Copper Face Jacks: The Musical – It’s West Side Story with the Irish national anthem at the end

Paul Howard’s musical tells story of a Kerry woman following her dream of working in VHI

Paul Howard's 'Copper Face Jacks: The Musical' tells the story of Noeleen (Roseanna Purcell), a young Kerry woman who follows her dream of coming to Dublin to work in the VHI claims department.

 

In the Olympia Theatre on a set designed to look like Harcourt Street, dancing, drinking, staggering and flirting young people are singing, “Whoops, I’m back, in Copper Face Jacks.” In a world in which adding the words “the musical” to random nouns has become commonplace, it’s surprising that it took Paul Howard so long to train his wise comic eye on the beloved Dublin nightclub.

He has previously chronicled other significant Irish institutions. There was Anglo: The Musical, for example, which was besieged by solicitors’ letters and blighted by legally necessary, last-minute rewrites. “It nearly killed me,” says Howard.

Amid the chaos of that production, co-producer Darren Smith said, wearily, “We should have just done Copper Face Jacks: The Musical.”

“And we looked at each other,” says Howard, “and said, ‘Actually that’s a good idea.’”

Copper Face Jacks: The Musical tells the story of Noeleen (Roseanna Purcell), a young Kerry woman who follows her dream of coming to Dublin to work in the VHI claims department (“There’s a song called VHI that’s an absolutely heartbreaking lament”).

She is lured to the door of Coppers one night by the “waft of Maniac 2000” much like, says Howard, one of the Bisto Kids. There she falls in love with a Dubliner named Gino (Love/Hate’s Johnny Ward). It is an across-the-divides culchie/jackeen romance that Howard likens to “West Side Story with slow dances and carvery and with the national anthem at the end.”

Copper Face Jacks’ proprietor, Cathal Jackson, was cautious initially but was ultimately convinced by Howard that the humour would be affectionate. Today there are two young Copper Face Jacks PR people present and Smith introduces them as being “more powerful than the Government.”

Photograph: Nick Bradshaw for the Irish Times
Photograph: Nick Bradshaw/The Irish Times

The Coppers experience

The team are striving for authenticity. Director Karl Harpur consulted the Coppers DJ about their setlist. Choreographer Debbie Kiernan’s biggest challenge was teaching the talented actors to dance convincingly badly. “They were just too good,” says Howard.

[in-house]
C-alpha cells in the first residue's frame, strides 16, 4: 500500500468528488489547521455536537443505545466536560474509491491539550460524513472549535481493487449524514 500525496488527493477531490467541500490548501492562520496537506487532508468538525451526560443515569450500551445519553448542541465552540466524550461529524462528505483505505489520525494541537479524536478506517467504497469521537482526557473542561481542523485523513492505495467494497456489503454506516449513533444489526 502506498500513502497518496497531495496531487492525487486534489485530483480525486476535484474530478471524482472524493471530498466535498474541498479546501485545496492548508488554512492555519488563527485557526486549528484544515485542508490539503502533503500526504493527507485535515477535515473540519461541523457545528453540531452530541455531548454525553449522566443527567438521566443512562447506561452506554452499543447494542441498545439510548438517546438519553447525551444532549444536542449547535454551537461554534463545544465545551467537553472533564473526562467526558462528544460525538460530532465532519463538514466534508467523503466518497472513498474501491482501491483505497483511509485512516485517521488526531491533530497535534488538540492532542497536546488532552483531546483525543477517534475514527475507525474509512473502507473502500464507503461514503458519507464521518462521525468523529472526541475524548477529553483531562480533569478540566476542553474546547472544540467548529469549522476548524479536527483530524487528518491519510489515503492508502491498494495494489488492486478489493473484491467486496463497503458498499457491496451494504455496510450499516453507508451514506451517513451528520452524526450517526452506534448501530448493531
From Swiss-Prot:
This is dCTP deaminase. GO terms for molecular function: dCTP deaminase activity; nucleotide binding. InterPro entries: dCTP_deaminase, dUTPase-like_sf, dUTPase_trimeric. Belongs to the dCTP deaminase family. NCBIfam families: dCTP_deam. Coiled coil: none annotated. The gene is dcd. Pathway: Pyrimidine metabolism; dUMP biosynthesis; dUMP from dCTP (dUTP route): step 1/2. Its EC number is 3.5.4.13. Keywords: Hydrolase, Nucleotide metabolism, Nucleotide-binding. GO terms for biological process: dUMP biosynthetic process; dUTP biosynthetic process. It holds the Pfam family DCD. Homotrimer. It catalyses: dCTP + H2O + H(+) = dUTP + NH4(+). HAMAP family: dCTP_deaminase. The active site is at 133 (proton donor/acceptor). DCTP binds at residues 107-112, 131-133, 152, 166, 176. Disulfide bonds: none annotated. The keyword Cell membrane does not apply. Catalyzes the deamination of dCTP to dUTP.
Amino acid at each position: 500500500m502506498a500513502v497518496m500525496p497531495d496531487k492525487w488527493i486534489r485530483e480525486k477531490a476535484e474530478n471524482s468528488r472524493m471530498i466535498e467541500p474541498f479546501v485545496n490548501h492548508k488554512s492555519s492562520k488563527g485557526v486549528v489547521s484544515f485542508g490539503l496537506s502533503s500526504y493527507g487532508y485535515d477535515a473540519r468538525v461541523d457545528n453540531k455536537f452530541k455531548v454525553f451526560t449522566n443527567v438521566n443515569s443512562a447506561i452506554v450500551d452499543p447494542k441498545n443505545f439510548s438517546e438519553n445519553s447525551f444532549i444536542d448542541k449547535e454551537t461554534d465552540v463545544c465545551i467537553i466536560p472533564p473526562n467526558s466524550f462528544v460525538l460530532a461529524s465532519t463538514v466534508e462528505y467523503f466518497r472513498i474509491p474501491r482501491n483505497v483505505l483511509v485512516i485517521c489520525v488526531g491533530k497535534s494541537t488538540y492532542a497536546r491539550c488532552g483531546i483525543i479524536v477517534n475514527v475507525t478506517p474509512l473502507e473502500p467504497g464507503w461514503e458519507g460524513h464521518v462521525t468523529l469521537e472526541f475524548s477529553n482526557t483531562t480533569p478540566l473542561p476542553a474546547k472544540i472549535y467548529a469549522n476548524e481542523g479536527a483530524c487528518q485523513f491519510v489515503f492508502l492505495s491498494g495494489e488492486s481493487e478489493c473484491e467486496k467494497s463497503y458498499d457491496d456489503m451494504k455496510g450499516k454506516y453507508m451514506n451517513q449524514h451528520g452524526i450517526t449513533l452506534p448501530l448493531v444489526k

Everyone on the team has had their own Copper Face Jacks experiences. Howard was present the night Mark Kennedy and Phil Babb engaged in a “Starsky and Hutch impression” on the bonnet of a car and were arrested prior to a World Cup qualifier.

Johnny Ward recalls a formative moment when an attractive Coppers’ patron put her chewing gum in his ear.

Roseanna Purcell describes how a friend fell down the stairs there once without hurting herself or dropping the drinks she was carrying.

“Yes,” says Ward. “That happened to ‘a friend.’”

“I have friends from Thurles, ” says Purcell, “who still won’t go anywhere else when they come to Dublin.’”

This is surprising to Ward. “Nobody plans to go to Coppers,” he says.

Howard depicts Coppers as a utopian melting pot where people of all classes, creeds and county colours can go to get “the shift”. “It’s like a big hug from home.”

He claims he’s too old for Coppers now but Purcell isn’t so sure. “I reckon he’s been there many times in disguise.”

Uniquely Irish

Coppers is uniquely Irish, says Smith. “Irish culture is similar to British culture but there’s a 10 per cent difference. And that’s the important 10 per cent. We love it when Hollywood stars know what crisps we eat.”

Everyone has an opinion about it, says Smith. “I was having a drink with Dustin the Turkey and Louis Walsh when Bono sent over a bottle of champagne and joined us.” He pauses. “I know it sounds like the beginning of a bad joke, but this really happened.” Bono was very excited by the Coppers idea, Smith says, and had ideas of his own. He suggested putting bouncers outside the venue barring people from entry. “I said I’d do that if they could be seen barring him.”

Paul Howard: ‘People have to leave a musical feeling better than they did when arrived’. Photograph: Nick Bradshaw/The Irish Times
Paul Howard: ‘People have to leave a musical feeling better than they did when arrived’. Photograph: Nick Bradshaw/The Irish Times

There’s a relaxed atmosphere in the cool theatre. It’s nice, says Howard, to be doing a musical that doesn’t involve “the threat of going to jail for contempt of court and losing our houses.”

The only legal letter they’ve received this time around was one from the Paris nightclub, Moulin Rouge, after Howard likened the show to “Moulin Rouge with slow sets.” “It was the nicest solicitor’s letter I’ve got in my life,” he says (Smith shows it to me and it’s remarkably polite).

How else does it differ from Anglo: The Musical? “People have to leave a musical feeling better than they did when arrived,” says Howard. “That’s the golden rule. . . With Anglo they felt utterly miserable. We’d reminded them of how screwed the country was. If anything, with this, I want people to feel like they’ve had a night in Copper Face Jacks.”

Copper Face Jacks: The Musical runs from the 5th of July. Tickets available from Ticketmaster.ie.

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